Address: 3894 Fort McAllister Road, Savannah, Georgia
Official site: http://www.gastateparks.org/FortMcAllister
13. Old Fort Jackson
Old Fort Jackson is the oldest standing fort in the state of Georgia. The original brick fort, one of only a few Second System fortifications still left standing in the United States, was begun in 1808.
The fort was manned during the War of 1812 and was also active during the Civil War. Today, it is a National Historic Landmark, preserved and managed by the Coastal Heritage Society. On display at the fort are various exhibits on military history. The fort also features cannon firing demonstrations.
Address: 1 Fort Jackson Road, Savannah, Georgia
Official site: http://www.chsgeorgia.org/OFJ
14. City Market
Savannah's City Market is a favorite among both locals and tourists for its numerous things to do and upbeat atmosphere. Here, you can find working artist studios; plenty of dining options, from quick bites to full-service restaurants; and a variety of entertainment, from local musicians to nationally known artists.
This is also a prime shopping destination, home to a wide variety of boutiques, an old-fashioned country store, a sweet shop with homemade candy, and even an entire store for dogs.
Location: Between Ellis Square and Franklin Square, Savannah
Official site: www.savannahcitymarket.com
15. Wormsloe Historic Site
If you are looking for a bit of peace and quiet outside the city center, head to Wormsloe Historic Site. As you pass through the historic gate, you'll find a wide walkway and other trails winding their way under sprawling live oaks draped with moss.
The trails take you past the "Tabby" and other buildings of this one time plantation owned by one of Georgia's founders. The site is an excellent day trip for families. Costumed docents will interact with your family and tell you about what they are working on and the history of Wormsloe.
The site is spread out over 822 acres and is a mix of forest, marsh, and former farmlands.
16. Skidaway Island State Park
Ideally located only a short distance from downtown Savannah is Skidaway Island State Park. The park is great for those who are traveling in an RV or prefer to camp, as opposed to staying in Savannah's pricey downtown hotels.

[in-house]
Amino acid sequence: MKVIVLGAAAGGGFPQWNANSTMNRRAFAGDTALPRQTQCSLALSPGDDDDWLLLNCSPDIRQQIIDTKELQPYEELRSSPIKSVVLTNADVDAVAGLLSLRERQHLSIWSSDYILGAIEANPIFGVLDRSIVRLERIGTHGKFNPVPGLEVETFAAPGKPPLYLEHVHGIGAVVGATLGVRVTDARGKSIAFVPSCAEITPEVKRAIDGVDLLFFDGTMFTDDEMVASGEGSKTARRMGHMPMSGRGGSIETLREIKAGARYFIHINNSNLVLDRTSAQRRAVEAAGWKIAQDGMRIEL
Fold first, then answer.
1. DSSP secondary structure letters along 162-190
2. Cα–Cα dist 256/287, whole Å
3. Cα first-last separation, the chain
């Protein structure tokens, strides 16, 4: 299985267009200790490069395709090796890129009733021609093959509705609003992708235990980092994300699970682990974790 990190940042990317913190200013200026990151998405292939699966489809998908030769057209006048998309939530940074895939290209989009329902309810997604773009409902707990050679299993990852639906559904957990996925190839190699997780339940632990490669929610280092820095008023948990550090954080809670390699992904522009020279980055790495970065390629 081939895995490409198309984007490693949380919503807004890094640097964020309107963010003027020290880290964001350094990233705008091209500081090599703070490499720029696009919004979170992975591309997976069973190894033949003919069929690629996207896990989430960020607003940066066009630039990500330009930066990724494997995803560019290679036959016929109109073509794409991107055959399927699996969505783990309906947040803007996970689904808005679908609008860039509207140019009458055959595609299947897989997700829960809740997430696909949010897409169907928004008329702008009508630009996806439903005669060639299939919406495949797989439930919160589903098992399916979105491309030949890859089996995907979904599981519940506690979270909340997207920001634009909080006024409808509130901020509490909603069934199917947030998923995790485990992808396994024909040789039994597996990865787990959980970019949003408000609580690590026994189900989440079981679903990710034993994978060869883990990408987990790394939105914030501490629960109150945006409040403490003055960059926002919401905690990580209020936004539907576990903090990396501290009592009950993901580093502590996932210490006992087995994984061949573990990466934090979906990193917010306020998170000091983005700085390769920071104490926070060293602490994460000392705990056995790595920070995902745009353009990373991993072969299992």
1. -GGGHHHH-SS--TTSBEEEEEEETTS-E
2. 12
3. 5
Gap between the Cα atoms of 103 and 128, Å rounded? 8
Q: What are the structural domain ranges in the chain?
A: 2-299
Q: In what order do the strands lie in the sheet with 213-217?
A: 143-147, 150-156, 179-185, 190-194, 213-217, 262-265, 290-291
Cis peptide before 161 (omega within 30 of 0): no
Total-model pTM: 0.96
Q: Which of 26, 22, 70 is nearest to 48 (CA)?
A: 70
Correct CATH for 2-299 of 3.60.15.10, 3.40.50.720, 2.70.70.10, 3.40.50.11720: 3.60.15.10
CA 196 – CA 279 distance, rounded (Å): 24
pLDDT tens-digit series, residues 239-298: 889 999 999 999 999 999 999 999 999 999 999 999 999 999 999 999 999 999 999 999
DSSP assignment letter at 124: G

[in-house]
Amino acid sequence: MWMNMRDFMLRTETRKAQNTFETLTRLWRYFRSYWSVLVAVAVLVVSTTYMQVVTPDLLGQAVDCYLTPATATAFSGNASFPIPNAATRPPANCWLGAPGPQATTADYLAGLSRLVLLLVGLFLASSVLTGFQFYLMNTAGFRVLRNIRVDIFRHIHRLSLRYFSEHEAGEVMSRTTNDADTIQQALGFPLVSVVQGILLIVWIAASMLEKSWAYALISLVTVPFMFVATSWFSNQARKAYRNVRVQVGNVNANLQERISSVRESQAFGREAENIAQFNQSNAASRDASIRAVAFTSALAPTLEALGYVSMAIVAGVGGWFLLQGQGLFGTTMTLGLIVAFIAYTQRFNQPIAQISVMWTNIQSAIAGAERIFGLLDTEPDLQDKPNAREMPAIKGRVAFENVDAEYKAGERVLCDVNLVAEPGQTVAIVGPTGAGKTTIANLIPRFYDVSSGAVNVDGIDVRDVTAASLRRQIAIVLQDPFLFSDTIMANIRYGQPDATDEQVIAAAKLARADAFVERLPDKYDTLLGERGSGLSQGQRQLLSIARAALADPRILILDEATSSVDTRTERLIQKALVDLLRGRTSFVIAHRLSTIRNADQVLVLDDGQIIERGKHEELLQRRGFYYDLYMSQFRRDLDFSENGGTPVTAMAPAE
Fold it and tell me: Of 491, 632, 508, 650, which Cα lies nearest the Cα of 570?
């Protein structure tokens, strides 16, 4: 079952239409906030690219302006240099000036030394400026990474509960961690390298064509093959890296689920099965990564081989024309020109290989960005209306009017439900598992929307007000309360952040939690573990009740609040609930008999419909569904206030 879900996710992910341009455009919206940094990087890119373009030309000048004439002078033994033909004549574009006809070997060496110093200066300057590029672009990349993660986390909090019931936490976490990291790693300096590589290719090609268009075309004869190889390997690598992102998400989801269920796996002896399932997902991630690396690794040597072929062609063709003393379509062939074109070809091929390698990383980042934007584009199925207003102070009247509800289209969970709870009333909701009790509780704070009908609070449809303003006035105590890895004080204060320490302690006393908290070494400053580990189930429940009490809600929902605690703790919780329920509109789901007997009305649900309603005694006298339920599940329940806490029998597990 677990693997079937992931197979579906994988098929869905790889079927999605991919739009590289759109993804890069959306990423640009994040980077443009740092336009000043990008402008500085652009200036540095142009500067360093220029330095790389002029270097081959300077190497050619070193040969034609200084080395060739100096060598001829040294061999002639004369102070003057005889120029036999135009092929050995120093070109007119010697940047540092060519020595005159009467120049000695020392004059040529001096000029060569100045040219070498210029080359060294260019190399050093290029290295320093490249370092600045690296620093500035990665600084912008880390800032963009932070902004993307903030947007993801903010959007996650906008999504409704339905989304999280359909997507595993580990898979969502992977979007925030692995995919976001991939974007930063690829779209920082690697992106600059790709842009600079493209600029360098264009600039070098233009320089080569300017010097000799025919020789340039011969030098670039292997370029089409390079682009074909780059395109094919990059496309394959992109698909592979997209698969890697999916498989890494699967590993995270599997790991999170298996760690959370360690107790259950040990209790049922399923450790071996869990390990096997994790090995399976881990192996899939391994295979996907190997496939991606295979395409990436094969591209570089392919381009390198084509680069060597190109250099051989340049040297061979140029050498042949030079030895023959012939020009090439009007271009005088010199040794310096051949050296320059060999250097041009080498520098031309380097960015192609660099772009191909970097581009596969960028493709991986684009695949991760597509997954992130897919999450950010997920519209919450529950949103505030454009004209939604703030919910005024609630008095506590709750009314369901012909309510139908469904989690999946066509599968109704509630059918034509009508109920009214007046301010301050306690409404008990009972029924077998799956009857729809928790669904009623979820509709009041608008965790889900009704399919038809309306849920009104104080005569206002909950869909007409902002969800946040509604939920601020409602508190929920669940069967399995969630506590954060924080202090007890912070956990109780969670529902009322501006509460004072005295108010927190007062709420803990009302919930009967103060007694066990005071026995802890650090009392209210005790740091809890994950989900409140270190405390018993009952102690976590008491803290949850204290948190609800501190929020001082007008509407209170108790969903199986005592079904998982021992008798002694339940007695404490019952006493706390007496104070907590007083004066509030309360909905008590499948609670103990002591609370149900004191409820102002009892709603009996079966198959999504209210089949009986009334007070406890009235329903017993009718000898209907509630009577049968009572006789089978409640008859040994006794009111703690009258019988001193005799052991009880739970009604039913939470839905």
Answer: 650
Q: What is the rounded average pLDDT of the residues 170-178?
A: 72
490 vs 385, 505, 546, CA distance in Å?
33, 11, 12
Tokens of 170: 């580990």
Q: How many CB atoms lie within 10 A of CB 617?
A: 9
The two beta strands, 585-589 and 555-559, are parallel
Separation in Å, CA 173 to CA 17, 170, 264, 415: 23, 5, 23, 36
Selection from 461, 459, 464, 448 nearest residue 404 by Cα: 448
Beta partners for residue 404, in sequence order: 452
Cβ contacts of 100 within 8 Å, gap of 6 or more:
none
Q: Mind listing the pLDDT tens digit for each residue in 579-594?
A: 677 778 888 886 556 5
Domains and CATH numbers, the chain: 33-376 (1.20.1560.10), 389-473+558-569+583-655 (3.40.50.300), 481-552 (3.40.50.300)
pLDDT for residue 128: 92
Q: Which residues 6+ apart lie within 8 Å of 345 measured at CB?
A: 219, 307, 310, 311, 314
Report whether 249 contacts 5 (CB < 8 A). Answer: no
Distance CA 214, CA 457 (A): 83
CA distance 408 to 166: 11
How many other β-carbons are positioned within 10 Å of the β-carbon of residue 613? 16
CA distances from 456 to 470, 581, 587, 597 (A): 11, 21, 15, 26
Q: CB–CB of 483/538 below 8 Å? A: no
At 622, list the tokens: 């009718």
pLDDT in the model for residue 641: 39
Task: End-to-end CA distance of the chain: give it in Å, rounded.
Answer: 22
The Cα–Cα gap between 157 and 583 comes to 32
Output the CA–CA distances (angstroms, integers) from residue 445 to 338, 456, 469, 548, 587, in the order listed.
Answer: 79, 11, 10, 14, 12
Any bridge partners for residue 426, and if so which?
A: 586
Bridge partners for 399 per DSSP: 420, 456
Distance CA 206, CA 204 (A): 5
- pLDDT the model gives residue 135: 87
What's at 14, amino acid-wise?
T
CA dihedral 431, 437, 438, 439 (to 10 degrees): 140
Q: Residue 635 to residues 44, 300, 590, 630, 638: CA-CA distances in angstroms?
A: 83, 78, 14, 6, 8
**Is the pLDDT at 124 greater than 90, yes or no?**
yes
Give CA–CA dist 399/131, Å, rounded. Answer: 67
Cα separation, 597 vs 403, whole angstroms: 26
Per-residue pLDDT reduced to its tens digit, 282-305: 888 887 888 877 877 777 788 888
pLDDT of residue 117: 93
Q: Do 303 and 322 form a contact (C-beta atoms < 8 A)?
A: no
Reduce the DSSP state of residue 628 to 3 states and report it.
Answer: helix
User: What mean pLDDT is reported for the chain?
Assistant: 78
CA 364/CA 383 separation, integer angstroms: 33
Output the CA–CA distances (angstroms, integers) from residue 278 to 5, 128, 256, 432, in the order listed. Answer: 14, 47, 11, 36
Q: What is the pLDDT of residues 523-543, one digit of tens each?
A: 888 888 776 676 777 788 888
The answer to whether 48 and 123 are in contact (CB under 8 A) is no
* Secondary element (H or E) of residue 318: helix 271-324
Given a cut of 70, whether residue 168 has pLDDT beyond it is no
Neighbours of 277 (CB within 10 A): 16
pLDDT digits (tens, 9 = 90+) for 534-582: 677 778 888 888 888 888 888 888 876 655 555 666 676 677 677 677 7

The park is home to wildlife, including deer, raccoons, and wading birds. Scenic walking trails lead through typical coastal flora to lookouts with views of the Skidaway Narrows.
Set peacefully under live oaks with hanging Spanish moss are 87 sites suitable for RVs or tents. All sites have electricity, and a few sites have sewer service as well. Also available are three cabins complete with beds, kitchen, bathrooms with showers, and air conditioning.
Where to Stay in Savannah for Sightseeing
To fully appreciate Savannah's genteel southern charm, historical squares, moss-draped oak trees, antebellum mansions, great restaurants, and quaint shops, it's best to stay right downtown, in the Historic District. The waterfront and Bull Street are the two main tourist focal points of this area, so staying within walking distance of either of these is preferable. Below are some highly-rated hotels in good locations:
- Luxury Hotels: On Lafayette Square in the Historic District, the Hamilton-Turner Inn is a beautiful 1873 mansion, and was featured in the movie, Midnight in the Garden of Good and Evil. This charming inn features 17 individually designed suites, with high ceilings, four poster beds, claw-foot tubs, and other fine antique furnishings.
With a fabulous location along the waterfront, The Bohemian Hotel Savannah Riverfront, Autograph Collection is an elegant hotel in a romantic 18th-century building, with views over the water and the Historic District.
In the heart of the old city, steps from Bull Street, the Eliza Thompson House is a boutique hotel with a true southern feel. Built in 1847, the property consists of a main house and carriage house, with 25 individually designed rooms, a lovely courtyard patio, and lush gardens. For something a little more contemporary but equally enticing, The Kimpton Brice Hotel is the best bet.
- Mid-Range Hotels: On the edge of the Historic District, near Emmet Park and overlooking the riverfront, the Homewood Suites by Hilton Savanah Historic District/Riverfront has a rooftop pool and patio.
The Marshall House, dating from the mid-19th century, is a small, delightful hotel, with an awesome location, close to Bull Street and the riverfront.
Overlooking Savannah's famous Forsyth Park is the Forsyth Park Inn, a historic Queen Victoria mansion with high ceilings, huge doors, and quaint indoor and outdoor sitting areas. This is a B&B, serving a full gourmet breakfast.
Tips and Tours: How to Make the Most of Your Visit to Savannah
- Sightseeing by Trolley: One of the most convenient ways to get the most out of your sightseeing is the Savannah Hop-on Hop-off Trolley Tour, which gives you flexibility while getting to all of the city's top tourist attractions. A well-versed guide will provide fascinating commentary about the city's history and culture as the trolley makes its route along 15 stops, including major sites like Forsyth Park, the Juliette Gordon Low Birthplace, and City Market.
- Walking Tour: The 90-minute Savannah Walking Tour gives tourists the opportunity to take in the beauty of Savannah at a slower pace while learning about the city's rich history as a strategic port and center of colonial government. Beginning in the beautiful Reynolds Square, the tour explores Savannah Historic District's many landmarks, both the well-known and those known only to locals.
- Cemetery Tour: Tourists who are looking for a meaningful visit to the city's famous cemetery will want to book one of the Bonaventure Cemetery Journeys with Shannon Scott, local historian, author, and storyteller. During the two-hour tour of this magnificent cemetery, tourists will learn about Victorian burial traditions, artwork and symbolism within the cemetery, and other fascinating details.